Taiwan Tati Cultural and Educational Foundation

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Taiwan Tati Cultural and Educational Foundation

PRC uses religion to influence elections

China has been seeking to influence Taiwanese elections using its ties with local Matsu (媽祖) temples, academics said yesterday as they shared the results of their research published in Foreign Policy Analysis.

Liu Yu-hsi (劉裕皙), one of the authors of “In the Name of Mazu: The Use of Religion by China to Intervene in Taiwanese Elections,” said the international community has been increasingly aware of Russian and Chinese attempts to intervene in foreign elections through religion.

At a forum hosted by the Democratic Progressive Party, the associate professor at Shih Hsin University said that the Chinese Communist Party has sought to use its agents to influence small and medium-sized enterprises, those with low to middle incomes, and residents in central and southern Taiwan.


The forced assimilation of Tibet

The situation in Tibet is complex and sensitive, with reports saying the Chinese government is attempting to assimilate Tibetan culture into the Han culture.

China’s approach to education in Tibet has raised significant concerns regarding the forced assimilation of Tibetan children. About 1 million have reportedly been separated from their families and placed into government-run boarding schools.

The educational content of the schools revolve around the Han culture, with Mandarin as the medium of instruction. The system is seen as a large-scale program intended to assimilate Tibetans into Han culture.


Importance of Taiwanese identity

I once described independent Legislator May Chin (高金素梅) as a “well-paid spokesperson of dictator [Chinese President] Xi Jinping (習近平)” — a judgement some of my friends claimed to be arbitrary.

However, when it comes to character assessment, I follow Confucius’ (孔子) precepts: “Watch what they do and observe how they do it. How can they conceal their true self?”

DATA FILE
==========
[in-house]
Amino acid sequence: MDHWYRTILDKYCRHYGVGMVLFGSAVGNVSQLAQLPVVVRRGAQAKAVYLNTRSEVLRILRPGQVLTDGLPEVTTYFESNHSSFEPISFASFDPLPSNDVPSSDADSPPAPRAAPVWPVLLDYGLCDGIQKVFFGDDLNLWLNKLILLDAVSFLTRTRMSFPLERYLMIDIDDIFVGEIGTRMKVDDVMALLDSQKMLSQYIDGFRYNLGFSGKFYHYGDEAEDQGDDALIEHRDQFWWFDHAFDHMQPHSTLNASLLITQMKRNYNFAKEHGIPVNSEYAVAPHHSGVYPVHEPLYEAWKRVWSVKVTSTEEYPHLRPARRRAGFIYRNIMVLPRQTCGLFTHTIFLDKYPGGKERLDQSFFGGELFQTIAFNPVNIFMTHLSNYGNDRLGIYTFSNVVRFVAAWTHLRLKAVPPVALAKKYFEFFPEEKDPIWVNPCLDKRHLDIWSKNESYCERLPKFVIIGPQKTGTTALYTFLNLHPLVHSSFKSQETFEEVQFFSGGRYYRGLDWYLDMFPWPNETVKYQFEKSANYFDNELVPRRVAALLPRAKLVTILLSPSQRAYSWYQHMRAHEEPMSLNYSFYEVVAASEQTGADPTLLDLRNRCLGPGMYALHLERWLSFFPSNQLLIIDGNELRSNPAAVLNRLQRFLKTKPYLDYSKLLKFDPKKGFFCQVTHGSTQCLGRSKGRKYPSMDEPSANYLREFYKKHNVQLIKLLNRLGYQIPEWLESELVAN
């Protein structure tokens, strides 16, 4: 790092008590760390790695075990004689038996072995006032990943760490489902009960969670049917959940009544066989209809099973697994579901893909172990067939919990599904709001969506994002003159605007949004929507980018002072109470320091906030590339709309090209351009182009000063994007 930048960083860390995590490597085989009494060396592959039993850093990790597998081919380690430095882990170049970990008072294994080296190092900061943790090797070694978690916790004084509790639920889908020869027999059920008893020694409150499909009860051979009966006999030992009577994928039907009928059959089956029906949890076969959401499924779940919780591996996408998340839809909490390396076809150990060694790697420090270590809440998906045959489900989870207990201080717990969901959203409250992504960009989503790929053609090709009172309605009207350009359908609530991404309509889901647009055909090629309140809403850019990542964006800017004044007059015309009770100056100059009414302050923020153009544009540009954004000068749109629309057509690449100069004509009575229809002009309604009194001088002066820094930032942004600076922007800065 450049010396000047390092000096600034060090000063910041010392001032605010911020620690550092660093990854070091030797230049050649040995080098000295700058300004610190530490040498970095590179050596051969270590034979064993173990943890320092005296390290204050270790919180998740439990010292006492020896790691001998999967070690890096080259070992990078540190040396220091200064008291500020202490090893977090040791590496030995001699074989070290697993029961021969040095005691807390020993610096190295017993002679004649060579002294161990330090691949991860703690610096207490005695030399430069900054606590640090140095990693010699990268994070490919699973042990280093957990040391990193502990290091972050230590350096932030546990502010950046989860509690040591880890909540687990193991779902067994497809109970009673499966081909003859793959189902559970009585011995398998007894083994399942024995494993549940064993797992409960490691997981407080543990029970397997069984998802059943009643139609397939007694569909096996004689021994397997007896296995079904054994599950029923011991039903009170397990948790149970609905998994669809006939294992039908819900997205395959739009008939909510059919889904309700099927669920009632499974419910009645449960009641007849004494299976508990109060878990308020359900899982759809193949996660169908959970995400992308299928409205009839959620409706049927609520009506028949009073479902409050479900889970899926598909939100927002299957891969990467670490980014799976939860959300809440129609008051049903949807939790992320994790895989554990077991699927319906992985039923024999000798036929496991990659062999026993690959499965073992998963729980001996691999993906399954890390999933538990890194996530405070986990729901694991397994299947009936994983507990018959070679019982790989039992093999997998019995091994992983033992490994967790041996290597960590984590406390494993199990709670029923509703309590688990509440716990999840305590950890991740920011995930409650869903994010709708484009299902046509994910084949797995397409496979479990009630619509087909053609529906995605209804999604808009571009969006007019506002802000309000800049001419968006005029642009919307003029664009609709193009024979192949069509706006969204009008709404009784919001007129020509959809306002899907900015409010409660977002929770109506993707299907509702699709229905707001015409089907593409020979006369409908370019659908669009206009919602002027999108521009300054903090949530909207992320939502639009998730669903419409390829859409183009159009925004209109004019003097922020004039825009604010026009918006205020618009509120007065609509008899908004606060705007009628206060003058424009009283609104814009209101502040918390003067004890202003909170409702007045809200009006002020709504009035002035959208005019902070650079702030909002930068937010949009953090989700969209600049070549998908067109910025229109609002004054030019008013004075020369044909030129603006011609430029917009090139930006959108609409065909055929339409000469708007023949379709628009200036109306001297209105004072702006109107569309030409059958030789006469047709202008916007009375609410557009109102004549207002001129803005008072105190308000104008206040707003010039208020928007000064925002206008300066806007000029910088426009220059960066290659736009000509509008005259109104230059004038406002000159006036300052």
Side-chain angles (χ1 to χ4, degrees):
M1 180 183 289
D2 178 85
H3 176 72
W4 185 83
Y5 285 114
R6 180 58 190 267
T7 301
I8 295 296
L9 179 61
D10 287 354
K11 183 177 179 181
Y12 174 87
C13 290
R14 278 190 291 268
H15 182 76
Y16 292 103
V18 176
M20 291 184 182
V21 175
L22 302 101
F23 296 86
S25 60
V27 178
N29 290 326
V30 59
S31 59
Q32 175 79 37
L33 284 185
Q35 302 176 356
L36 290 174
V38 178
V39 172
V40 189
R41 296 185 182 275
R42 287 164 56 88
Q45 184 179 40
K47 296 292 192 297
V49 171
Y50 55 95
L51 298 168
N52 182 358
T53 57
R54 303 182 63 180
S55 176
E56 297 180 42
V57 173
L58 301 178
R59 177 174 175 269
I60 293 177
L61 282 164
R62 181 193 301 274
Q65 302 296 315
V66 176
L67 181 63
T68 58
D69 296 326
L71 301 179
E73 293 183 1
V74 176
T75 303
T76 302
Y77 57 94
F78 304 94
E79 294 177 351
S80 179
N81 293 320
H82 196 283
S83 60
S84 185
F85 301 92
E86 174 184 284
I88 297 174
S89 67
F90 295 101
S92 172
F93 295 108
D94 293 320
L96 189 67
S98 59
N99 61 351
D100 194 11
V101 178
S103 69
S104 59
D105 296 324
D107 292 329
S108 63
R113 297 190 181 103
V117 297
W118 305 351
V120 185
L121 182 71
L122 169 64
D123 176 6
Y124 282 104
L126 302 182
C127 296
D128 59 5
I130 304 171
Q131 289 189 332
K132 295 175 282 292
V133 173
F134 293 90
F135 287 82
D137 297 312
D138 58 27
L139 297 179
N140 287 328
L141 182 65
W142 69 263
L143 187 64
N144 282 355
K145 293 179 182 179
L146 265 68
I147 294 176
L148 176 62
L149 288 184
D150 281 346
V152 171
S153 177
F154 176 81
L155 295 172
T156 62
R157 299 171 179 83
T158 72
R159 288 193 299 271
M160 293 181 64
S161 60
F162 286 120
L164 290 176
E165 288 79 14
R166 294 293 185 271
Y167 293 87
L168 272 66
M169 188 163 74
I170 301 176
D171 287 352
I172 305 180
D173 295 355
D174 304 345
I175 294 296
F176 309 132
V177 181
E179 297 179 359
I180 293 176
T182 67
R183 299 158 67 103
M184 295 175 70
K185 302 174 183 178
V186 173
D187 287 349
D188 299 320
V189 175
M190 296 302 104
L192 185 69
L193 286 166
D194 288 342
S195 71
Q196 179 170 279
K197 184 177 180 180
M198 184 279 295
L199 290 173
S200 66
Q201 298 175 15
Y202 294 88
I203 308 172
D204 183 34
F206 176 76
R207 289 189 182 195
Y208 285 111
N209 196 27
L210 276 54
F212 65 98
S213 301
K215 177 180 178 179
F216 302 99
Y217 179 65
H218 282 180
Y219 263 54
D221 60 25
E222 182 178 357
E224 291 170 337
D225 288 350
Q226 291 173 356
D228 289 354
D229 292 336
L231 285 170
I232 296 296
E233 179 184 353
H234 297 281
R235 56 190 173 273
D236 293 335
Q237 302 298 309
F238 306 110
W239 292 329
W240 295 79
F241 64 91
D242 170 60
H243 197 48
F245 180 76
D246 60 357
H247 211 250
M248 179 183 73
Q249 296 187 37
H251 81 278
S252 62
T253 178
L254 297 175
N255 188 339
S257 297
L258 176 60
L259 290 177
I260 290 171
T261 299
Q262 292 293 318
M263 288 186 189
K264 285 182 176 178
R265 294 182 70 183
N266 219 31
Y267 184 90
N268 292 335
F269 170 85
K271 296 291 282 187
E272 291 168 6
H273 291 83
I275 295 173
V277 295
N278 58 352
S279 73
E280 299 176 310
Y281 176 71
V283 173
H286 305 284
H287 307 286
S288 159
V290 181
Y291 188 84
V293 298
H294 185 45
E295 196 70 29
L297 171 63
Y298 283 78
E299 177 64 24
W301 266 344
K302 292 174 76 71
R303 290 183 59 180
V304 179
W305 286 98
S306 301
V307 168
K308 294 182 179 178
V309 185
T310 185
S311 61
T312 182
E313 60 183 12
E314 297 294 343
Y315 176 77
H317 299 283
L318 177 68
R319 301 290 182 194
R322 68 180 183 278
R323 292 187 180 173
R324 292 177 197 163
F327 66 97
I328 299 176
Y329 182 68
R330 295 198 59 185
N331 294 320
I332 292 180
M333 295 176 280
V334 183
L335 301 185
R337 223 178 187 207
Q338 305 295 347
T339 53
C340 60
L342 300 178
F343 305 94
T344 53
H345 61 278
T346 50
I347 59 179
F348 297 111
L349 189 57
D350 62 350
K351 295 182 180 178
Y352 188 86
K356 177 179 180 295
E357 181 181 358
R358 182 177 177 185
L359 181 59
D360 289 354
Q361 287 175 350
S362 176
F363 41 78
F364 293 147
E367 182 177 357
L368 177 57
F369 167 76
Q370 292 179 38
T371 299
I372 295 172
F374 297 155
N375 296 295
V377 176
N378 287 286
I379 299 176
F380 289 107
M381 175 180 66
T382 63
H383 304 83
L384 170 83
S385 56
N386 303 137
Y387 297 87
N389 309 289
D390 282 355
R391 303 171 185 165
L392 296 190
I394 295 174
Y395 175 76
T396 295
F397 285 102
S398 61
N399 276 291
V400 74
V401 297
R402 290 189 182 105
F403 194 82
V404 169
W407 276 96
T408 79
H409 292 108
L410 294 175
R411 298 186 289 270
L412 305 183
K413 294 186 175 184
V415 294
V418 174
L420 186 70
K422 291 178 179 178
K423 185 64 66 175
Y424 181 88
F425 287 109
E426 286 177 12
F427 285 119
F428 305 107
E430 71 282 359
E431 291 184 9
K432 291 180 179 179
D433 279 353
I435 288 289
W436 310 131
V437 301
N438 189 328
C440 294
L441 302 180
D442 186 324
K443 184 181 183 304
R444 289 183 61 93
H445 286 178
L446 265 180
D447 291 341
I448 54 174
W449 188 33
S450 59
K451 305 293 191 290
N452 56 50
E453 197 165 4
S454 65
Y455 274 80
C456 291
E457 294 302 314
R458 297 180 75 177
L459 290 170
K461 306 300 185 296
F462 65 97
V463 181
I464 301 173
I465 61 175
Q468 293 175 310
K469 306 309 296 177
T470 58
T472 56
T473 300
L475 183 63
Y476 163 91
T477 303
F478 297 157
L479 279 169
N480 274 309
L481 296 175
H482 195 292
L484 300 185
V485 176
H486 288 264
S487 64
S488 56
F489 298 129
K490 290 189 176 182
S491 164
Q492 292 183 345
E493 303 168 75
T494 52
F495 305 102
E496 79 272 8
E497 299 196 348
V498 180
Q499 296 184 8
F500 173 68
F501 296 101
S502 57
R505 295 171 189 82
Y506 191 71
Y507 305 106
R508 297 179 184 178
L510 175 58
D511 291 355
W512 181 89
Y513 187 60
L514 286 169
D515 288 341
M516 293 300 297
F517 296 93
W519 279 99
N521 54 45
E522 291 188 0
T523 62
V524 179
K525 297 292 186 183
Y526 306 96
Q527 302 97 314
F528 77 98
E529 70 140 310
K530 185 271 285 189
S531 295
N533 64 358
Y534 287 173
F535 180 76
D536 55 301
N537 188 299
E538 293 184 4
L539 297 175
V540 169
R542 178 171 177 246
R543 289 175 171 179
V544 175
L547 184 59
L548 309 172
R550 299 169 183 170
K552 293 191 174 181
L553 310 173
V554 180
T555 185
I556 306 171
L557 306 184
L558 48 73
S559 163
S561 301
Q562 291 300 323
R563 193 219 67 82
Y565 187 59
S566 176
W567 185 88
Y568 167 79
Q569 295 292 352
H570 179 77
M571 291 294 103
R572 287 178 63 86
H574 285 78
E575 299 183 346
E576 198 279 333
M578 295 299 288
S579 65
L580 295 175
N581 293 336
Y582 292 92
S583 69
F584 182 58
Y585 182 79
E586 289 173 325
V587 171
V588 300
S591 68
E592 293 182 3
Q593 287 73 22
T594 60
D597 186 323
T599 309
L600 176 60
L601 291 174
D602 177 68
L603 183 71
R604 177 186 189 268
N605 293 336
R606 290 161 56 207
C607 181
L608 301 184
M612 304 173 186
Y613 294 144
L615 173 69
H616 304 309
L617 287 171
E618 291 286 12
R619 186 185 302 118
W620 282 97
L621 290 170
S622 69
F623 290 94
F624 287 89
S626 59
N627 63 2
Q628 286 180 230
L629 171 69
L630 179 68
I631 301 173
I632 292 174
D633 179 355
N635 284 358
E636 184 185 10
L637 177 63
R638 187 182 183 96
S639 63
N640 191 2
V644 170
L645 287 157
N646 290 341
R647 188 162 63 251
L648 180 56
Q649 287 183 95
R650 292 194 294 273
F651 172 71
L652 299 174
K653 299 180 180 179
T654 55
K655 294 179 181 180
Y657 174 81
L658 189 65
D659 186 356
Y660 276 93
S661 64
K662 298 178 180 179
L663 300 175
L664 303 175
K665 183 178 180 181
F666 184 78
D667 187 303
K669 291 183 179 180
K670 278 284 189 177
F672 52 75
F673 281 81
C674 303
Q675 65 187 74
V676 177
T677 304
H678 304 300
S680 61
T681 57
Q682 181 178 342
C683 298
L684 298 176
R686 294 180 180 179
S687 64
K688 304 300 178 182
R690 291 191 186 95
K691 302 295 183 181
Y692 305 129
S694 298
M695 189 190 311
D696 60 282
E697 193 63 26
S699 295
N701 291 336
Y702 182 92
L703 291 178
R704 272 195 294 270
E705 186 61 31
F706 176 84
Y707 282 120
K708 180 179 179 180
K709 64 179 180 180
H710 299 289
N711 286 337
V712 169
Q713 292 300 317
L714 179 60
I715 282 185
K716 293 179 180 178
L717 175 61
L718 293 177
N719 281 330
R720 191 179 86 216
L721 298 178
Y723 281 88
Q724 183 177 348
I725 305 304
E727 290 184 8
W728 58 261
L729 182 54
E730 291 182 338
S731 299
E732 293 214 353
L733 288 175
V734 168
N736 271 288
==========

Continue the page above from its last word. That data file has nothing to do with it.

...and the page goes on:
During a questioning session in the Legislative Yuan, my suspicions were confirmed when Chin unabashedly referred to the Chinese president as “our Xi Jinping.”


The consequences of war for China

From May 31 to June 2, 37 ministers of defense attended the 21st International Institute for Strategic Studies Shangri-La Dialogue in Singapore, including Chinese Minister of National Defense Dong Jun (董軍).

Anyone who tried to separate Taiwan from China would be “crushed to pieces,” he said during the premier defense summit.

In response to the threat, US Indo-Pacific Commander Admiral Samuel Paparo revealed the US military’s “Hellscape” strategy, with the aim of thwarting a potential Chinese invasion of Taiwan.

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The Taiwan People’s Party (TPP) yesterday decided to remove a controversial slogan — “Vote White, Vote Right” — from its Web site after the wording was criticized as being similar to that used by US white supremacist groups.

TPP spokeswoman Lin Tzu-yu (林子宇) told a news conference that the slogan had referred to the color white that the TPP brands itself with.

“It was supposed to mean that a vote for the ‘power of white’ is the right choice,” she said.